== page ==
• Thank you for this response! It is very helpful. Concerning your "bigger concern": I feel I am best suited for a position with a large teaching load and little to no pressure to publish. I enjoy teaching (and I think I'm good at it), and could see myself teaching something like calculus for twenty years or more. Does this information help narrow down my focus in your opinion? I'm not planning on applying to high-profile post-docs, but if a lecturing position became available at a research university, I feel I could submit a competitive application. Where do you think I should focus? – Jared Sep 10 '14 at 2:37
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First of all, this isn't really answering your question, but you should seriously discuss with your advisor or another trusted senior mathematician about what sort of jobs you should be applying for; even mentioning research universities as a new Ph.D. makes me wonder if you have been told the "facts of life" by someone. It is much more likely that you'll be able to find a short-term position anyways.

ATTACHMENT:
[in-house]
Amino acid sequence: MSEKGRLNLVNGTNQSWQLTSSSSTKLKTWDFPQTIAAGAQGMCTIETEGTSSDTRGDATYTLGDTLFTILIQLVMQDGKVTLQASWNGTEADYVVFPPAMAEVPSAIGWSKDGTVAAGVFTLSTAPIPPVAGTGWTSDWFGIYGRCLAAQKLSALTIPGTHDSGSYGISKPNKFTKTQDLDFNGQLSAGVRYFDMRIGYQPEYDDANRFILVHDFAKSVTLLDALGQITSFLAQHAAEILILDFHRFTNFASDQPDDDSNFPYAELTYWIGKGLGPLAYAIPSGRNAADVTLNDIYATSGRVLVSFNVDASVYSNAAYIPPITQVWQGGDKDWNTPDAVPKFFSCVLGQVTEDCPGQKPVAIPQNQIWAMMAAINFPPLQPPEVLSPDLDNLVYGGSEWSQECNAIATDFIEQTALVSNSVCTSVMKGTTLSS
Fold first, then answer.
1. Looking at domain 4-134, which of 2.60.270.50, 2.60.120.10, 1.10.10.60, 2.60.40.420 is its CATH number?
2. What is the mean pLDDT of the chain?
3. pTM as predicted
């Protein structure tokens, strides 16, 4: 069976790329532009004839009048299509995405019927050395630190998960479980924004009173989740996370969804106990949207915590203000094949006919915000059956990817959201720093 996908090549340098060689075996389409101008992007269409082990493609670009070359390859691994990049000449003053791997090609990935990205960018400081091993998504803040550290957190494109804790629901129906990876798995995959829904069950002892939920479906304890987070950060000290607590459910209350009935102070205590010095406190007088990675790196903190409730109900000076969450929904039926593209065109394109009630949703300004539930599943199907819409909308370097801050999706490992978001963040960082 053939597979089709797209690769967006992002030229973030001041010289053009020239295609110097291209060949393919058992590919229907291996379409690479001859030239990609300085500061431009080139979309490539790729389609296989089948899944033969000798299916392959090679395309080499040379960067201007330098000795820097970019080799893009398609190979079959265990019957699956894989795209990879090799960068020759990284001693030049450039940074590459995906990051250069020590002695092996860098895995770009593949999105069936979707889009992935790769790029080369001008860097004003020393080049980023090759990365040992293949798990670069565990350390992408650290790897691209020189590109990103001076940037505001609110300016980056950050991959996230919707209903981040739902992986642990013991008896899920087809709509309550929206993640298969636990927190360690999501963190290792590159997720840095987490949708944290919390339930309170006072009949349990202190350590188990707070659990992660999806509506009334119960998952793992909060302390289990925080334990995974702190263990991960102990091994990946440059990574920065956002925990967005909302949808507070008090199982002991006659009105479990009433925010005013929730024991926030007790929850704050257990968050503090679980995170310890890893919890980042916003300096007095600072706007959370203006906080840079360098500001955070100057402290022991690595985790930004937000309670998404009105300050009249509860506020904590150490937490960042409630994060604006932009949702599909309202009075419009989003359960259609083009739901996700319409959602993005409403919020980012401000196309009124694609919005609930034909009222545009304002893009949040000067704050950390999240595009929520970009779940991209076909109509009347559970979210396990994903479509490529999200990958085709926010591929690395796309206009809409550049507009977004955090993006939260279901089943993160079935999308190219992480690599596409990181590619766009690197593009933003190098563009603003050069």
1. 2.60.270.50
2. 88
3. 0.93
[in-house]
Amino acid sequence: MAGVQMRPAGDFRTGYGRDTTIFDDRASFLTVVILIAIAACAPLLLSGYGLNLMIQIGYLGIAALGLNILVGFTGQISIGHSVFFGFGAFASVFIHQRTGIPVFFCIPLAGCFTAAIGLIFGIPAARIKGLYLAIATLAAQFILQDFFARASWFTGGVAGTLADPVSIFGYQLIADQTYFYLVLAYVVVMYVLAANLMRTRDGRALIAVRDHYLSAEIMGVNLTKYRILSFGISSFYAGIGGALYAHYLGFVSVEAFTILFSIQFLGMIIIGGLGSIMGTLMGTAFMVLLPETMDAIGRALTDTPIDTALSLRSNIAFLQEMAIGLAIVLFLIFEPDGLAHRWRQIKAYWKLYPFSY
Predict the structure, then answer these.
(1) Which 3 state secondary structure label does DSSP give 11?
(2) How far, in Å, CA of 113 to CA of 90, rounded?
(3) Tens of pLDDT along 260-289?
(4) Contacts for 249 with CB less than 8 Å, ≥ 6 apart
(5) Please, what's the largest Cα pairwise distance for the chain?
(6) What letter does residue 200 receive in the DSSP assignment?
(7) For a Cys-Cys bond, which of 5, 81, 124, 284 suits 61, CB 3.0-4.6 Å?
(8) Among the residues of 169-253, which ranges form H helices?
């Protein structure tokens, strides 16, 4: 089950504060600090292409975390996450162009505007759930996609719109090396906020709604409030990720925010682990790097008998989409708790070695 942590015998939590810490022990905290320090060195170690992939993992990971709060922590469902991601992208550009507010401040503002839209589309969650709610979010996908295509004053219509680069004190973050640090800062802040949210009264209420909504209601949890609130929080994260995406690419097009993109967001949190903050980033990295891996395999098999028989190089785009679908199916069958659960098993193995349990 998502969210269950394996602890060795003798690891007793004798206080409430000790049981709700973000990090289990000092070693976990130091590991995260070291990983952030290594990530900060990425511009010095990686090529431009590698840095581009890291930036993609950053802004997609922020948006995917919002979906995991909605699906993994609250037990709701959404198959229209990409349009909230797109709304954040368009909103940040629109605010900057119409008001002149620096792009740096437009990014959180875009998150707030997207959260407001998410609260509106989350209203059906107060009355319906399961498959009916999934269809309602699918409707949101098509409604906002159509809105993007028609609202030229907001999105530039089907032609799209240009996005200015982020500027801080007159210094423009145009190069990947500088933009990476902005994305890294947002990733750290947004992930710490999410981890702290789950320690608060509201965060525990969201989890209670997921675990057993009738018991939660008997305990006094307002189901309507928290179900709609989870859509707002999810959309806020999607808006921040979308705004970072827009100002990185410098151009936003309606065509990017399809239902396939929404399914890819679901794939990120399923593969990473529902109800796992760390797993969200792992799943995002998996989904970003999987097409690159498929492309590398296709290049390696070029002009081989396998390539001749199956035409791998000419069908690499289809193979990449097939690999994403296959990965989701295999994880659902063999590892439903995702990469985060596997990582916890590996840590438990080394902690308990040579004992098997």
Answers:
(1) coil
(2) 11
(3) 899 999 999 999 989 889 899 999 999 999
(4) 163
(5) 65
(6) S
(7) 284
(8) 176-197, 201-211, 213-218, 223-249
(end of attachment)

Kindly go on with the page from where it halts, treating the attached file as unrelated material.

That said, I don't think you should worry about the fact that you want to leave in 2 years. I can speak from the experience of having left two TT jobs within 2 years of starting. Of course, it's not something to be proud of, but it does happen pretty often, and I don't think it offends anybody's sensibilities too much. Honestly, I don't think you need to worry about people asking you about your plans (as long as they don't read this question and follow the link back to your webpage); leaving to move to Africa is so far outside what most people will imagine that they won't even be considering it. They assume that if you're applying for the job, you're at least thinking at the moment that you'll be in for the long haul.